Yesterday, Indian farmers ended a year of protests after winning unexpected concessions from the Modi government that have raised hopes of higher earnings for the poorest growers. Farmers had blockaded the capital New Delhi to protest government plans to deregulate a sector that employs nearly half the country's 1.3 billion people, arguing the reforms threatened their livelihoods.
The government abandoned its plans last month, but thousands of farmers remained camped out on highways until Thursday, when authorities agreed to a key demand to extend a system of guaranteed crop prices, according to a letter seen by Reuters.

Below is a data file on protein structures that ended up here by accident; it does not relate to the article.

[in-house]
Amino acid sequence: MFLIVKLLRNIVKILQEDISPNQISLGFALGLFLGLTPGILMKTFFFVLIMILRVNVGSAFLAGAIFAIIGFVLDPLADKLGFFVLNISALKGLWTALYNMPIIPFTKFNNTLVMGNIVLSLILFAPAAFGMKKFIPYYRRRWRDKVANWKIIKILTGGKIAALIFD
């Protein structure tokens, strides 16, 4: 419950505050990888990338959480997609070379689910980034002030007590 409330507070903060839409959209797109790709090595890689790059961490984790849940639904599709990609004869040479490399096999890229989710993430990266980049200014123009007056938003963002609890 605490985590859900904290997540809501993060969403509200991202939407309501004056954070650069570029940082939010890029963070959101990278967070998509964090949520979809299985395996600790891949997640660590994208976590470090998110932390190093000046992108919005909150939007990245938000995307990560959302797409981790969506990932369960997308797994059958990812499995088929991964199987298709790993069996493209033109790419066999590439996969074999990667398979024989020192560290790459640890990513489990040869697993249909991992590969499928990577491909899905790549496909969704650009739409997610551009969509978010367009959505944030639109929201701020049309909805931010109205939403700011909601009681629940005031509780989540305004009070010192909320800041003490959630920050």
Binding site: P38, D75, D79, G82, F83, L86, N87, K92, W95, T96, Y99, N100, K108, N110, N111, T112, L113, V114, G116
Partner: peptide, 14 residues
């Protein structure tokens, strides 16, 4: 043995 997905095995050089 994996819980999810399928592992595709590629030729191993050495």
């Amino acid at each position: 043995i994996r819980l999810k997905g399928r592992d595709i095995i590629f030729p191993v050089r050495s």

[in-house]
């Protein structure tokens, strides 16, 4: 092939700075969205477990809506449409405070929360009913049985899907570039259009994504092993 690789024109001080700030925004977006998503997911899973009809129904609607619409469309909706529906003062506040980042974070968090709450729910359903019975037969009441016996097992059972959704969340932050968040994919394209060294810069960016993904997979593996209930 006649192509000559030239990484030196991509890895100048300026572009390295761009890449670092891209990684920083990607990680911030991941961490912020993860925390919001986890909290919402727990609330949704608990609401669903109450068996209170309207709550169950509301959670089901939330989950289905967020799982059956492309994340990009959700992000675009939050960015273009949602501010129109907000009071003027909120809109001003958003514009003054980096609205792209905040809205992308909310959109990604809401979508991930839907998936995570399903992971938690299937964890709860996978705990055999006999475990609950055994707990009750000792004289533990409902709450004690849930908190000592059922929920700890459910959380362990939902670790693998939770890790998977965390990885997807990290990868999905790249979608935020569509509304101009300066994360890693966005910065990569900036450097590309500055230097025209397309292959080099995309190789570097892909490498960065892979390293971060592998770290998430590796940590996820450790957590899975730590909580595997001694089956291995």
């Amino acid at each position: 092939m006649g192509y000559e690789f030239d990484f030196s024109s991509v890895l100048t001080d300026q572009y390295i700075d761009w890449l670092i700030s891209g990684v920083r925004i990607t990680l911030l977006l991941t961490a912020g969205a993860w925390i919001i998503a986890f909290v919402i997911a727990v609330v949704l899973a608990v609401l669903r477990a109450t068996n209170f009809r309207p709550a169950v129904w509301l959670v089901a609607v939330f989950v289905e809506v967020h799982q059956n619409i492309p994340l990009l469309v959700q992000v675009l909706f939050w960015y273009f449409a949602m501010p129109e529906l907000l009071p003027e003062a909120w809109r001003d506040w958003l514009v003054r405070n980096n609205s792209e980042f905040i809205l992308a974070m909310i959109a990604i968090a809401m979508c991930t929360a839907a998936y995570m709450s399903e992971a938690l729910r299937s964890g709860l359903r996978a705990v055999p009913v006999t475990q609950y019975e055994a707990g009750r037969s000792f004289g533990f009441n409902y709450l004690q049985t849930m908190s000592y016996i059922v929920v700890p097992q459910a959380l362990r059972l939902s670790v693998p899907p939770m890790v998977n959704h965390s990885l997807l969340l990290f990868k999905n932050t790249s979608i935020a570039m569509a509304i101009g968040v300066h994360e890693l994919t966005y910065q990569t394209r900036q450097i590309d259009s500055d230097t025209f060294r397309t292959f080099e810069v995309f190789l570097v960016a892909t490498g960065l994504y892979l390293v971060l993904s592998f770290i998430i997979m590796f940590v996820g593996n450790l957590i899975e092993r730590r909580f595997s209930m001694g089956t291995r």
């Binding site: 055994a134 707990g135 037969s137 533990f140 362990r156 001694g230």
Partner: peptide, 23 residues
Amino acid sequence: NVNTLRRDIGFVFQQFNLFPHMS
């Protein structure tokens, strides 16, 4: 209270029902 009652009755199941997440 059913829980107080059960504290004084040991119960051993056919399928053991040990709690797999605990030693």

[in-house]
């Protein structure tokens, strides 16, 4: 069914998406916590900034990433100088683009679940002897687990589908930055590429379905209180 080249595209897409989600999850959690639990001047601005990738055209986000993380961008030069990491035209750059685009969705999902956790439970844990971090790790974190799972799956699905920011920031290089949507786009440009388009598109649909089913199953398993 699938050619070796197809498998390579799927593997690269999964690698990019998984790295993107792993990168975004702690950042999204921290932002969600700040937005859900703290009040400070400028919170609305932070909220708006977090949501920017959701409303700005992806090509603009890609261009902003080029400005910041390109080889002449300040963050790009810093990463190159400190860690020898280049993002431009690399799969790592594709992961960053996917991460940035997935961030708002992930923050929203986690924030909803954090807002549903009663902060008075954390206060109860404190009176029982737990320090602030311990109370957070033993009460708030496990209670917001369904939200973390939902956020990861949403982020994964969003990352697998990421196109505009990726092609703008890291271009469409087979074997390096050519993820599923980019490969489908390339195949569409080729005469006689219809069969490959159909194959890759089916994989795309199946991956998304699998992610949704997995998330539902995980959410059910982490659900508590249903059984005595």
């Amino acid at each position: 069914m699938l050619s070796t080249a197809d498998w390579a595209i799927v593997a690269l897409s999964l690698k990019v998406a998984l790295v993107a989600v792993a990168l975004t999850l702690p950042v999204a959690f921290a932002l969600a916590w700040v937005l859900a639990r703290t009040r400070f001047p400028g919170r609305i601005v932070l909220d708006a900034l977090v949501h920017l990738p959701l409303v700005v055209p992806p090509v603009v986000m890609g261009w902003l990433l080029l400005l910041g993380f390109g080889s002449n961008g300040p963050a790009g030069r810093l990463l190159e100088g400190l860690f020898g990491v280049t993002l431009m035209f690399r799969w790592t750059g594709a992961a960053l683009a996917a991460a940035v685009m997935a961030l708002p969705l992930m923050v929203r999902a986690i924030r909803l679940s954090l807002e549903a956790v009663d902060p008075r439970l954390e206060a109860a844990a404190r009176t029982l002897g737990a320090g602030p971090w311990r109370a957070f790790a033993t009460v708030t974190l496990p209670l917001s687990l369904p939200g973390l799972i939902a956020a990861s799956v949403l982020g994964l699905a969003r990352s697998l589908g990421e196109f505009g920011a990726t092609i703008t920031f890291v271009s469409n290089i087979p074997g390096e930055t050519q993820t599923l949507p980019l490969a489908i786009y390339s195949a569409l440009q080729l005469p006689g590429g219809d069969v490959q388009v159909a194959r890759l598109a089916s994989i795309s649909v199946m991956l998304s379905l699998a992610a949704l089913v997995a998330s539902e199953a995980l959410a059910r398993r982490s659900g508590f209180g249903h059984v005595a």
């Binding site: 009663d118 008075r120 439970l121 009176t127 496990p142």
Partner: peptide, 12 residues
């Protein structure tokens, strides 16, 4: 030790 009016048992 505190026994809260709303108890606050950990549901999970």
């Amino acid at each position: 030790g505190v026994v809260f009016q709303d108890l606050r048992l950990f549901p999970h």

"For marginalised farmers, there are no loans, no crop insurance, no access to government schemes or fair price," said Kishore Tiwari, head of the Vidarbha Jan Aandolan Samiti, a charity working for farmer welfare in Maharashtra state. "Debt-ridden farmers have been committing suicide for decades now. It is high time there was some government intervention and a legal support price would be a start."
Although India first introduced minimum support prices (MSPs) in the 1960s to encourage farmers to grow high-yield varieties of wheat and rice, the safety net currently benefits barely 6% of farmers. Now, the farmers hope for better enforcement of the MSPs, as minimum price promises would at least provide a benchmark for negotiating at local markets.